Stevo, tell us about your projects, such as Twist Ending and Tombstones. Especially the second one, since there’s no news about it for a long time((
Stevo: TWIST ENDING is a project that started up in early 2014…maybe a little bit sooner…when Billy and I were discussing putting together a project that glorified the real Italian ‘giallo’ films of the seventies and early 80s…lots of folks touch on that material from time to time, but we wanted to come up with something that went all the way with the concept. The name was something Billy had been working on for a while, and when we were going over the ‘giallo’ concept, the name came up and it completely fit what we were working out. My old and beloved friend Gregg, who was in one of my favorite bands of all time (LINCOLN LOVE LOG), recorded some raw drum tracks, and over the course of a few months, Billy’s wife Vanessa wrote and recorded some bass/guitar riffs to accompany Gregg’s bizarre garage tribal compositions…Vanessa and I collaborated on most of the lyrics, got some help from our Italian friend Michele Toscan to translate some of them in Italian, and I spec’d the film soundtrack samples and finished the vocals in the fall of 2014…the 4-song demo “Musica di Morte” was released in October of that year and on cassette a few months later on No Visible Scars. The response has been really great, most folks who heard it were totally dialed into what we were up to!! We will probably record another demo in the future!
TOMBSTONES was a project that originally started as BEWARE!, which featured myself and the legendary Kam Lee on vocals, along with Patrick Bruss (bass/guitar) and Wayne Sarantopolous (drums)…we recorded a couple of demo tracks for BEWARE! but soon after, Kam backed out to focus on other projects. We couldn’t call it BEWARE! anymore, out of respect, so we changed the name to TOMBSTONES and through the course of the year, recorded our debut album “Not For The Squeamish” which was released in 2010 on Razorback. This album features what I consider to be my best vocal performance ever; you may disagree but my ears still can’t believe it, to this day! A year or so later, we started to write our second album “Return Of The Undertaker,” that featured all lyrics by Doc Holocausto and based on a theme/outline I had developed since 1987 (!!!) but suddenly, Wayne moved on to work on his other projects, and work on the recording stagnated as Patrick became busy with some stuff he was doing (mostly, CRYPTICUS)…the second album is still a ‘thing’ that is on the shelf, ready to jump back into the hopper when the time is right, but as I’m only the vocalist, it’s kind of hard to get it going without the ‘rest of the band,’ so to speak…Doc’s lyrics are fantastic, and I have made a solemn vow to get this album done someday, sooner rather than later, and I think in 2016 I’m going to give it another go, so don’t sleep on TOMBSTONES cause we ain’t dead yet!!
For the last few years your music was re-released by a lot of labels in different formats and designs. Do you have a good share from it at all?
Stevo: If by “share” you mean “money,” no we sure haven’t!! BUT, the reissues have kept our festering mission alive, even though our band is long dead, and that’s been a wonderful thing!! It means that even over 20 years after we split up, there are still folks who think our musick means something, and that’s way better than money!
Mark: All the version and stuff is authorized but we usually only get copies of the merch to sell and trade ourselves, a lot of it is traded and given to friends. We are given fair deals but for us it was never about the money. It’s great to know that people are still so interested to release the stuff and it can still always sell out. We still gain new listeners to this day which is what is the most amazing part. We have kids listening to us and freaking out that weren’t even born when we were active. It’s nice to know that some noise you made 20+ years ago is still enjoyed today and still deemed relevant and influential. We never imagined that when we made it, that is for sure. We thought we’d just be a small shit stain on the deep underground. We like to work with labels that are into us and that are cool people or friends, not for the business side of it.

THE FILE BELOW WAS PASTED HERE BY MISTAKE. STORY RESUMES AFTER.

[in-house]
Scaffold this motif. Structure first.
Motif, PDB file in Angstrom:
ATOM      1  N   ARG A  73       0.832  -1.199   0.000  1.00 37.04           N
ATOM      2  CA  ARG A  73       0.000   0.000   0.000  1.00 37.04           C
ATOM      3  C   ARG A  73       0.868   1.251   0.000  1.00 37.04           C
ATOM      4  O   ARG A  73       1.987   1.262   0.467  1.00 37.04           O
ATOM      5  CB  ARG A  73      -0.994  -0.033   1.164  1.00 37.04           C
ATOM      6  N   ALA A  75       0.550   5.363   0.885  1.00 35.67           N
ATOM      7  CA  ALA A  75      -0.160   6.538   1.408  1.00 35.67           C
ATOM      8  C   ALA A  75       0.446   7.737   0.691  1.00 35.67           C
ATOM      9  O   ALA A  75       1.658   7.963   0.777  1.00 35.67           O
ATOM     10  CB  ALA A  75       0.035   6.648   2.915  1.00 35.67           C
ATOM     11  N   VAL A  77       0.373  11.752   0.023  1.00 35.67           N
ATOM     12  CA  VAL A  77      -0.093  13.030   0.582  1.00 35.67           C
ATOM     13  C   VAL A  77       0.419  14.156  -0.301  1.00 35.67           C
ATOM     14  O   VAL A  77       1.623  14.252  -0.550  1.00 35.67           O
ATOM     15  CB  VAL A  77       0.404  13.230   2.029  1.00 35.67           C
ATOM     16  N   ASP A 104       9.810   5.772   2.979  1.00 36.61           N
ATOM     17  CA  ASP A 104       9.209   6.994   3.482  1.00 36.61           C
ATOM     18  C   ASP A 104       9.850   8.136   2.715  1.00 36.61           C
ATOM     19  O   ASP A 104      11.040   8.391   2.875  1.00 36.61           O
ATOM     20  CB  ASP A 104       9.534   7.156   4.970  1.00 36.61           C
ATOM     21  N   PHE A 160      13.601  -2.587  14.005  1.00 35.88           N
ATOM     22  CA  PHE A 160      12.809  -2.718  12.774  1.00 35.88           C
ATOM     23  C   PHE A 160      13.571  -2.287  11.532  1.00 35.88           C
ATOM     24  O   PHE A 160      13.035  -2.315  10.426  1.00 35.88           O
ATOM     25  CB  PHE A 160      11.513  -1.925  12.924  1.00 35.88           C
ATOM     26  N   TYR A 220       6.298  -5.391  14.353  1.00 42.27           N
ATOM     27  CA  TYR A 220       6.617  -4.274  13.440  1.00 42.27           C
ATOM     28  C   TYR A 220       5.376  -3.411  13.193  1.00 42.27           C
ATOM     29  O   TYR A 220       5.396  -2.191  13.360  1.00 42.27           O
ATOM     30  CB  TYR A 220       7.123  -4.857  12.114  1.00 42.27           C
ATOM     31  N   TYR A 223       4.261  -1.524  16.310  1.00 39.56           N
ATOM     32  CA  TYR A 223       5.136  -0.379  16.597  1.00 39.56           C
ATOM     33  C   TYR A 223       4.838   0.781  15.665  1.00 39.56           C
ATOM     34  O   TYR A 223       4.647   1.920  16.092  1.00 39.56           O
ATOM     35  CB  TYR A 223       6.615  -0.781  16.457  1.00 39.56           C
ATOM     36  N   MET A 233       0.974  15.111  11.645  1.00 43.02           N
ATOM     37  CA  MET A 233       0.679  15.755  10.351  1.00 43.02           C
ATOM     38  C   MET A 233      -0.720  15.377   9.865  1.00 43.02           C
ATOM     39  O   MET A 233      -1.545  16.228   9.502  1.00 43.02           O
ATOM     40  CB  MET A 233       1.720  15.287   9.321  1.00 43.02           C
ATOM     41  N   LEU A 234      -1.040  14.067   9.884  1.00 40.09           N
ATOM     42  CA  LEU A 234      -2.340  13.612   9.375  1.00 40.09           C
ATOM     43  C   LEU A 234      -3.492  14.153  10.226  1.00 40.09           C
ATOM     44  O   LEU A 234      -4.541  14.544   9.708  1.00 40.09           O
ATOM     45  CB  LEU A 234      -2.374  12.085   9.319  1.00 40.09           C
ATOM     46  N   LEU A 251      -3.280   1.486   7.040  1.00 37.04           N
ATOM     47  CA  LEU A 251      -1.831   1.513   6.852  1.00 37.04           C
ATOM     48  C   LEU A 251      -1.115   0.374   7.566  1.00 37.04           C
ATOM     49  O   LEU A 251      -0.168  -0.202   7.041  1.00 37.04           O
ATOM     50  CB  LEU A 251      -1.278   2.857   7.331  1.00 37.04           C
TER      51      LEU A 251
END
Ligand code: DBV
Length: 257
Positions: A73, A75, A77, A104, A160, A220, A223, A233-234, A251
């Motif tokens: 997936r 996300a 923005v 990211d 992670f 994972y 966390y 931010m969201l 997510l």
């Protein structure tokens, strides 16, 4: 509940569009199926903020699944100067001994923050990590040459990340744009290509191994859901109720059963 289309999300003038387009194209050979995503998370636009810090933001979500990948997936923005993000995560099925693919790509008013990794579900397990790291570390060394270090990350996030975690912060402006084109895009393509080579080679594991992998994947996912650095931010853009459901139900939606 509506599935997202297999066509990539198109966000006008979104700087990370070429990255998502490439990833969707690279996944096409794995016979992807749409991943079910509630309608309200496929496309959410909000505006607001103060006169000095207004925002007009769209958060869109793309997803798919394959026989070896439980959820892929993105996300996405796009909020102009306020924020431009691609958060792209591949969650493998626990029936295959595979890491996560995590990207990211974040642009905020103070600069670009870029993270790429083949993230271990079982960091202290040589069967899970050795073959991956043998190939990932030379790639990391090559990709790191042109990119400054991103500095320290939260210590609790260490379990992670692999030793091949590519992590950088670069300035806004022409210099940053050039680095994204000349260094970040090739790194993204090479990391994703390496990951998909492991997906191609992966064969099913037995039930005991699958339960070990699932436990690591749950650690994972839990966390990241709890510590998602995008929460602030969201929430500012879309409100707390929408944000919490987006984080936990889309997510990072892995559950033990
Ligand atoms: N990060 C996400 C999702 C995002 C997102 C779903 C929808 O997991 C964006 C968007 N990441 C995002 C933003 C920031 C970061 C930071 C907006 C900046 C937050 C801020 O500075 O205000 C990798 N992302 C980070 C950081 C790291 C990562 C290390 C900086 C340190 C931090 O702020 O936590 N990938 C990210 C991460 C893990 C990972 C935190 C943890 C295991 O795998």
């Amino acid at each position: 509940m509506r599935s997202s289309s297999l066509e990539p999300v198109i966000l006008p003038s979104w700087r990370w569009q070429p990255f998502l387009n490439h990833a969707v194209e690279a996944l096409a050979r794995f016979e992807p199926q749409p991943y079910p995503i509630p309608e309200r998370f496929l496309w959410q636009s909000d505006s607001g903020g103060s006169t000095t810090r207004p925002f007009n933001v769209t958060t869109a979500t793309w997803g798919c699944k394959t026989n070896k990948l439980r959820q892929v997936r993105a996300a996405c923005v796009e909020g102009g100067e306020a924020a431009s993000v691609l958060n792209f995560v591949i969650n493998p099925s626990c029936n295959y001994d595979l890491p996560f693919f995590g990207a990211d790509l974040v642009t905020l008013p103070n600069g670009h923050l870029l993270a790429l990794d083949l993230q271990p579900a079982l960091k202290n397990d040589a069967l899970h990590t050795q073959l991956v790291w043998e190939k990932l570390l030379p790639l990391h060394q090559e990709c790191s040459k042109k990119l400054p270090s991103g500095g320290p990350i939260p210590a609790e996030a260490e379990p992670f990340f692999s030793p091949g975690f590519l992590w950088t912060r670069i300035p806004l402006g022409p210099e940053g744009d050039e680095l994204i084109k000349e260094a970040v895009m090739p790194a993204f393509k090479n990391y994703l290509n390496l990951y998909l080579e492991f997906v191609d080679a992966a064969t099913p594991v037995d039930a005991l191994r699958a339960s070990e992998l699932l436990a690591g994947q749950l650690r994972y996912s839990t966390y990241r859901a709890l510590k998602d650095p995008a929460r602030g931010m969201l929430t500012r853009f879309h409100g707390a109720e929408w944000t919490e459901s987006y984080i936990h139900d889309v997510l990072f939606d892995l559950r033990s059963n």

I heard a lot of cover tracks on your songs and even a whole tribute album just on a Boneyard song. So here’s the question: which band’s cover on Impetigo’s song was the best in your opinion?
Stevo: I think everybody knows by now that I never listen to IMPETIGO stuff; I’ve always avoided it when we were together and still do many years later. However, I’ve always felt that “Staph Terrorist” was the best song I ever wrote, musically and lyrically, and the recorded performance on “HOTZ” is the best thing we ever pulled off. Recently, I’ve come to appreciate “Cannibal Apocalypse” a great deal; I just can’t believe I wrote that, it’s insane!! Even more special, I suppose, because it only appeared on “Antefatto” and we decided not to re-produce it for another release…a decision that had no basis or reason at the time, but now it cemented the song into its current kVlt status!
Mark: Wow it’s hard to really nail one down for sure and it’s be awhile since I really heard all the covers to pick one. We had the “Wizards of Gore” tribute CD and then the tribute to just the song “Boneyard” which is one of the only tribute CD’s i know of to just one song… crazy. I think having bands cover you songs is the biggest honor you can have. I mean someone likes one of your songs enough to play it themselves, that is pretty cool. I know the first IMPETIGO cover i think i ever heard was the Canadian band TUMULT doing a “Boneyard” cover on their demo. I was like whoa…. very cool. I think HAEMORRHAGE always does killer versions of our songs, they have done a few. LORD GORE did a killer version of “Breakfast at the Manchester Morgue”, INGROWING did a great cover. Huge honor for us was old friends like DECEASED, MORTICIAN, BLOOD, BLOOD DUSTER taking part in it too. There were so many good covers on that i can’t really pick one. RAZORBACK RECORDS did an amazing job putting that tribute together and we thank any band that took part.
What can you say about Impetigo being truly legendary band? ‘Cause, you know, Impetigo inspired a whole lot of other different bands, and even today there’re still guys that draw inspiration from your music.